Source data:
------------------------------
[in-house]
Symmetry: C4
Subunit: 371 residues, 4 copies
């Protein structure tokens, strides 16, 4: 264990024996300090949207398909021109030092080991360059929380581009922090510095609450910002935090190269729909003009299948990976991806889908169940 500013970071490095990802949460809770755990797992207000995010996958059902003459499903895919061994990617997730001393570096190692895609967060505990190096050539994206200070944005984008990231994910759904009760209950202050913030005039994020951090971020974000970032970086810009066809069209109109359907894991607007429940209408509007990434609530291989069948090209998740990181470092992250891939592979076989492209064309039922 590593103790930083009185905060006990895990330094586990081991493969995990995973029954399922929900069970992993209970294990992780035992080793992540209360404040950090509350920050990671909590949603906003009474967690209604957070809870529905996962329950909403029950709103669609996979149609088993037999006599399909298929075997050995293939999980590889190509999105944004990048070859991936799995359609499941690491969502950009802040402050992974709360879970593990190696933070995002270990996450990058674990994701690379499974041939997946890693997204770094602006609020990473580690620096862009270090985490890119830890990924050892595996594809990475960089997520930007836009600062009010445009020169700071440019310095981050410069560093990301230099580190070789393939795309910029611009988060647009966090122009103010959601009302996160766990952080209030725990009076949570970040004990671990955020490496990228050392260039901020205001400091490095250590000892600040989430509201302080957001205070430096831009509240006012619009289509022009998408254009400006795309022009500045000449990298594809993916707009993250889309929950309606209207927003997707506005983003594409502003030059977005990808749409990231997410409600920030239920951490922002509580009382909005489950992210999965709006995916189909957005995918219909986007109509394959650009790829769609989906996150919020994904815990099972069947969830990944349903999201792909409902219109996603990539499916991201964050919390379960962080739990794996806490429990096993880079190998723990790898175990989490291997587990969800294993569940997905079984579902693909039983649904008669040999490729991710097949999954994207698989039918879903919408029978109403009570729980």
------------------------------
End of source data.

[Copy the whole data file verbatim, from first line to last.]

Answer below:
[in-house]
Symmetry: C4
Subunit: 371 residues, 4 copies
């Protein structure tokens, strides 16, 4: 264990024996300090949207398909021109030092080991360059929380581009922090510095609450910002935090190269729909003009299948990976991806889908169940 500013970071490095990802949460809770755990797992207000995010996958059902003459499903895919061994990617997730001393570096190692895609967060505990190096050539994206200070944005984008990231994910759904009760209950202050913030005039994020951090971020974000970032970086810009066809069209109109359907894991607007429940209408509007990434609530291989069948090209998740990181470092992250891939592979076989492209064309039922 590593103790930083009185905060006990895990330094586990081991493969995990995973029954399922929900069970992993209970294990992780035992080793992540209360404040950090509350920050990671909590949603906003009474967690209604957070809870529905996962329950909403029950709103669609996979149609088993037999006599399909298929075997050995293939999980590889190509999105944004990048070859991936799995359609499941690491969502950009802040402050992974709360879970593990190696933070995002270990996450990058674990994701690379499974041939997946890693997204770094602006609020990473580690620096862009270090985490890119830890990924050892595996594809990475960089997520930007836009600062009010445009020169700071440019310095981050410069560093990301230099580190070789393939795309910029611009988060647009966090122009103010959601009302996160766990952080209030725990009076949570970040004990671990955020490496990228050392260039901020205001400091490095250590000892600040989430509201302080957001205070430096831009509240006012619009289509022009998408254009400006795309022009500045000449990298594809993916707009993250889309929950309606209207927003997707506005983003594409502003030059977005990808749409990231997410409600920030239920951490922002509580009382909005489950992210999965709006995916189909957005995918219909986007109509394959650009790829769609989906996150919020994904815990099972069947969830990944349903999201792909409902219109996603990539499916991201964050919390379960962080739990794996806490429990096993880079190998723990790898175990989490291997587990969800294993569940997905079984579902693909039983649904008669040999490729991710097949999954994207698989039918879903919408029978109403009570729980």